In this communication I desire to call the attention of the general commanding to the good behavior of Captain Semple's company under fire, and more particularly would I direct his attention to Lieutenant Fitzpatrick, commanding the two sections. This gallant officer brought off one piece that would otherwise have been left, and would have saved the other had the wheel driver not been shot at the critical moment of limbering up. Lieutenant J. Pollard, of this company, behaved with great gallantry,and was severely wounded.
As fast as the pieces came back to the new line they were placed; but the majority, having no ammunition, were ordered back to their caissons to refill their boxes. So soon as our guns were unmasked, fire was opened on the enemy's line and continued until dark, with a very heavy fire of skirmishers upon the artillery. This line had been established,supposing it would be good to rally the broken division, but the hope proved utterly fallacious. Except about 150 fugitives collected in a ravine to my right, I saw no body of troops, and fearing an advance of the enemy, under cover of the darkness I moved to the rear again and established a new line along another skirt of timber. Here I found some few troops of General Breckinridge's division, but many of them had returned to their old places, as I knew from the sound of the cheering and speaking in the rear. Being unable to find General Breckinridge for some time, I proceeded to regulate the artillery according to my own ideas. After a time I met the general; told him what I had done, and he directed me to continue so to act and report to him after I had finished. The contagion of flight had spread to the artillery, and it was with great difficulty that several pieces of artillery were brought away, owing to the drivers being frightened. In more than one instance I found it necessary to cock my revolver and level it in order to bring men to a realizing sense of their duty. I am clearly of the opinion that if there had been no artillery on that field the enemy would have gone into Murfreesborough easily that evening. There was no organization that I could see or hear of until after the enemy had been checked, save in the artillery. I have never seen troops so completely broken in my military experience. I tried myself, and saw many others try, to rally them; but they seemed actuated only by a desire for safety and beyond the reach of other sentiments. I saw the colors of many regiments pass, and though repeated calls were made for men of the different regiments, no attention was paid to them.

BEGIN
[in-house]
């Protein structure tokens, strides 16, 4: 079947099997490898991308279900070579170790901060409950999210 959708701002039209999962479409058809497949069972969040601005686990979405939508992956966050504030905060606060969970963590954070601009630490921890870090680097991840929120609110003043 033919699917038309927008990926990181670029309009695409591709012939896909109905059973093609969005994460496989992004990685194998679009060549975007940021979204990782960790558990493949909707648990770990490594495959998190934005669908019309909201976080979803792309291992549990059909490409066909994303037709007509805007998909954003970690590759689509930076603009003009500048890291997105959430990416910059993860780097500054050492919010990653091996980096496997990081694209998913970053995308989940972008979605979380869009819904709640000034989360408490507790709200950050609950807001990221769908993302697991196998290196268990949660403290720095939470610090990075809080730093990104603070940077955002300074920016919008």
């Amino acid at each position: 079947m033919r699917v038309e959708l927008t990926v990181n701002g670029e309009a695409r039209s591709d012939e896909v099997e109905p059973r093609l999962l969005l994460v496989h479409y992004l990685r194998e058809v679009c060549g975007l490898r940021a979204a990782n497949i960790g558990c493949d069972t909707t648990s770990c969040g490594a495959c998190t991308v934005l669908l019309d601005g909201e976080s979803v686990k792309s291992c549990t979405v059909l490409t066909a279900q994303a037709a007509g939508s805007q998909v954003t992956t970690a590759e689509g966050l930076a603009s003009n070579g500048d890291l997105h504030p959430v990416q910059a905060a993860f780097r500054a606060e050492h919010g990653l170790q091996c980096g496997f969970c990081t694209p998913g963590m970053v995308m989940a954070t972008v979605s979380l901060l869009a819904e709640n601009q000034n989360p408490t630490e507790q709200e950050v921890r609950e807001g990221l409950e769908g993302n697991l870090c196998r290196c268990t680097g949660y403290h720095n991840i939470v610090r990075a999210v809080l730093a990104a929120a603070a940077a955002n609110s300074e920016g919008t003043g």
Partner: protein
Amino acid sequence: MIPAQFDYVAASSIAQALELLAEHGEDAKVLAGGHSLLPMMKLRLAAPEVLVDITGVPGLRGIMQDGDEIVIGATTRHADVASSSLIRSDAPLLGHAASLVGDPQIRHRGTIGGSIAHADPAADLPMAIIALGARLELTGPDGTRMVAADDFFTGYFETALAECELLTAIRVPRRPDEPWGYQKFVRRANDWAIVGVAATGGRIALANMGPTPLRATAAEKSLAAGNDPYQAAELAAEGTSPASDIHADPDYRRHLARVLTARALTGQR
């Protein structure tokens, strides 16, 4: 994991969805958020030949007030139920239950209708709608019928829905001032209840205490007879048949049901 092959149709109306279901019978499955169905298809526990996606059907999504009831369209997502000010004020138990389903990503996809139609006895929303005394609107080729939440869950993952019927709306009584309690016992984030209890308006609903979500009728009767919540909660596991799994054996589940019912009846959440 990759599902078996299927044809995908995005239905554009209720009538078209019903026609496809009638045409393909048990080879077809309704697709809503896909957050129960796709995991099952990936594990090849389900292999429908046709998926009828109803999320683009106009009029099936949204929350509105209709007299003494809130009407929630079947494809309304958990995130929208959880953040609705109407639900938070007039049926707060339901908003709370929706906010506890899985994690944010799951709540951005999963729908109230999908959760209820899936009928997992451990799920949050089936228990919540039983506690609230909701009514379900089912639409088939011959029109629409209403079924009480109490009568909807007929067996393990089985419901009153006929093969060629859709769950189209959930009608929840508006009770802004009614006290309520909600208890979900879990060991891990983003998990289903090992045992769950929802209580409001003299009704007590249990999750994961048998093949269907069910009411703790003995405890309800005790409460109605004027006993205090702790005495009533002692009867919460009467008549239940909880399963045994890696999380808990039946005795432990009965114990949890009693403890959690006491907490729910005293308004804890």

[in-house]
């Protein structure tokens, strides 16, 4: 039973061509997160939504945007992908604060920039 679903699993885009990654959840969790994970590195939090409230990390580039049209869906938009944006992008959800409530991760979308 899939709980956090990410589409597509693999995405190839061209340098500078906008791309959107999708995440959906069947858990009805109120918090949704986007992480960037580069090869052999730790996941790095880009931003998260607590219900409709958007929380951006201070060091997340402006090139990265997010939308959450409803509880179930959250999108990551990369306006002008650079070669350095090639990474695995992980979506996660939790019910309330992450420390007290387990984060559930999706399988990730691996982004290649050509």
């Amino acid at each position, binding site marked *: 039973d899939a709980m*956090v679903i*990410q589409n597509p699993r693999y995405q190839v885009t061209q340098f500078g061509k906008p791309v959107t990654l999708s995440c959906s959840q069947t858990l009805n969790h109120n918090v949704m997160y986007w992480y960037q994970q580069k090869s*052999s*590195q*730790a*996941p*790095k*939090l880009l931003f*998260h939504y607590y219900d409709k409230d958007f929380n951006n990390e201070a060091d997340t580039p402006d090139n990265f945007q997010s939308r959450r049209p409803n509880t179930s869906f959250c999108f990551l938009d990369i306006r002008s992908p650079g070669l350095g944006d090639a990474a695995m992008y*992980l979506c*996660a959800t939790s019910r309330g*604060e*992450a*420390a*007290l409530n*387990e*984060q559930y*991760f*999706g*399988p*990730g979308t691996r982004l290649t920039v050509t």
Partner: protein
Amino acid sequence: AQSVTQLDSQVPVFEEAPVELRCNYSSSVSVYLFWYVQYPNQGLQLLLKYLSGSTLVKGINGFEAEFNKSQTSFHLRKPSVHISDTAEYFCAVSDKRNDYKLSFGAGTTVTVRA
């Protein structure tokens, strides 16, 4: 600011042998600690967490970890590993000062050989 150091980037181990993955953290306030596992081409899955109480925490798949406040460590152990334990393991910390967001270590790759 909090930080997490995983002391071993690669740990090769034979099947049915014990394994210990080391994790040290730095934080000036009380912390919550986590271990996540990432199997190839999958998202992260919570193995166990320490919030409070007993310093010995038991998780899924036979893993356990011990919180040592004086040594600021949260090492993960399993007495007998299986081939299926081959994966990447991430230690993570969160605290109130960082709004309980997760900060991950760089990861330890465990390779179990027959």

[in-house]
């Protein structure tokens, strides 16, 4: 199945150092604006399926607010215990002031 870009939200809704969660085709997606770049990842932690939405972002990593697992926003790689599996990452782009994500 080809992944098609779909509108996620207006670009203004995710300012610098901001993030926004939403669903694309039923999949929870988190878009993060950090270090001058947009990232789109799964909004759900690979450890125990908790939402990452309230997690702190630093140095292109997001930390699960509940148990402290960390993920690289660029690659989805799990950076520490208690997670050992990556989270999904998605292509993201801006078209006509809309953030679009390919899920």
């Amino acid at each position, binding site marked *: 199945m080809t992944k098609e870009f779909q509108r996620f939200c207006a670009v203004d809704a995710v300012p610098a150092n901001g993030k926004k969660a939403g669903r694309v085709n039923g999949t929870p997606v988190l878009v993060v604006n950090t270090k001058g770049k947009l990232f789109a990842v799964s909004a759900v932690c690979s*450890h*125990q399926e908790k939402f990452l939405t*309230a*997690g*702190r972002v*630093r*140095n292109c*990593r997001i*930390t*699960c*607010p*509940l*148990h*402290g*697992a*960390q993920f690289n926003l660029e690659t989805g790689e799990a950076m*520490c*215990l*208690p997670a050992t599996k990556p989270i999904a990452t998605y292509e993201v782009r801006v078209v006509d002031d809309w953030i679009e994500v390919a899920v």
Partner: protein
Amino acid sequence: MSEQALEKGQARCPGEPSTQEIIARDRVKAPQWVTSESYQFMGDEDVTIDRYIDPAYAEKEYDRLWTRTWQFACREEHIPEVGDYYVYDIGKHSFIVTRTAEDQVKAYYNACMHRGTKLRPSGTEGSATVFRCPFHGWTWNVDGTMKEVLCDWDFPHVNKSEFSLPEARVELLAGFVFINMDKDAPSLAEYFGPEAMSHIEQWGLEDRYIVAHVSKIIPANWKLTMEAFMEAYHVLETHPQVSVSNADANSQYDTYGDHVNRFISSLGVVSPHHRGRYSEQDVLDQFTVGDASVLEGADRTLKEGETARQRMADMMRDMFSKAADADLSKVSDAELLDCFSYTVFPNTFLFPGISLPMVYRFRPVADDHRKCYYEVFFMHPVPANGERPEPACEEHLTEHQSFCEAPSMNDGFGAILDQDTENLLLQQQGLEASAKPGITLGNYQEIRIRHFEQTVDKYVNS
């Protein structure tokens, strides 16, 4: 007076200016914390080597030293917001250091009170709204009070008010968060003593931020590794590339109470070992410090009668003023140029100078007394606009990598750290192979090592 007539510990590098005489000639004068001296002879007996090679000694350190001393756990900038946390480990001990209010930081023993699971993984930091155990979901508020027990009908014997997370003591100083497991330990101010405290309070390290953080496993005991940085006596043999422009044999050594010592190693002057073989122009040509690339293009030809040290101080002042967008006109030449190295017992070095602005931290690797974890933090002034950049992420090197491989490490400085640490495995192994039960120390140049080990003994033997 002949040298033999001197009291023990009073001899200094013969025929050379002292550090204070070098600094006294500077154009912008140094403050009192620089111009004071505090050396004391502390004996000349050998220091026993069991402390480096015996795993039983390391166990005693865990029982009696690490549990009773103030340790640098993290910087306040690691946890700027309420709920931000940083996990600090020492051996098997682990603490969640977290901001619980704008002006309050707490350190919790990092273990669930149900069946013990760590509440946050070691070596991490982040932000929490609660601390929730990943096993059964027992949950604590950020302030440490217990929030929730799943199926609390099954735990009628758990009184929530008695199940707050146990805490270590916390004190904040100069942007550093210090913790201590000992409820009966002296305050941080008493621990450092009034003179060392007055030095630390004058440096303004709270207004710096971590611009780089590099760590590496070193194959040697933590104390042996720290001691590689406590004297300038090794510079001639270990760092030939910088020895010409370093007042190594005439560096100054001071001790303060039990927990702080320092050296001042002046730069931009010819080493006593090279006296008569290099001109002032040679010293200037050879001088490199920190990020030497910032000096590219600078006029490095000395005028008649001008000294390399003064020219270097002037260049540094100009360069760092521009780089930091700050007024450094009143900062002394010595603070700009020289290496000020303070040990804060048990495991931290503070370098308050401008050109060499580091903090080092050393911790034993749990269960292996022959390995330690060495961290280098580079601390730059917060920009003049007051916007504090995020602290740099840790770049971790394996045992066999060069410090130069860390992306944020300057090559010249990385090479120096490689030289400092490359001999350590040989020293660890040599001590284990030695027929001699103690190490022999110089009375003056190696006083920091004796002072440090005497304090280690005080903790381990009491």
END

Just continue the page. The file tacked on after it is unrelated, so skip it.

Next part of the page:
I take this opportunity to mention the courage of some man whom I do not know. He carried a stand of colors, and halted frequently, faced the enemy, and called the Sixth Kentucky Regiment; and although he did not receive much attention, he lingered as long as there was any infantry on the field, and then passed to the rear, calling out, "Here's your Sixth Kentucky."
I have the honor to be, very respectfully, &c.,
FELIX H. ROBERTSON,
Captain K. FALCONER, Assistant Adjutant-General.
--- --, 1863.
CAPTAIN: I have the honor to submit the following supplementary report of the action of my battery during the battle near Murfreesborough:
The fuses generally operated to my satisfaction. Occasional excep-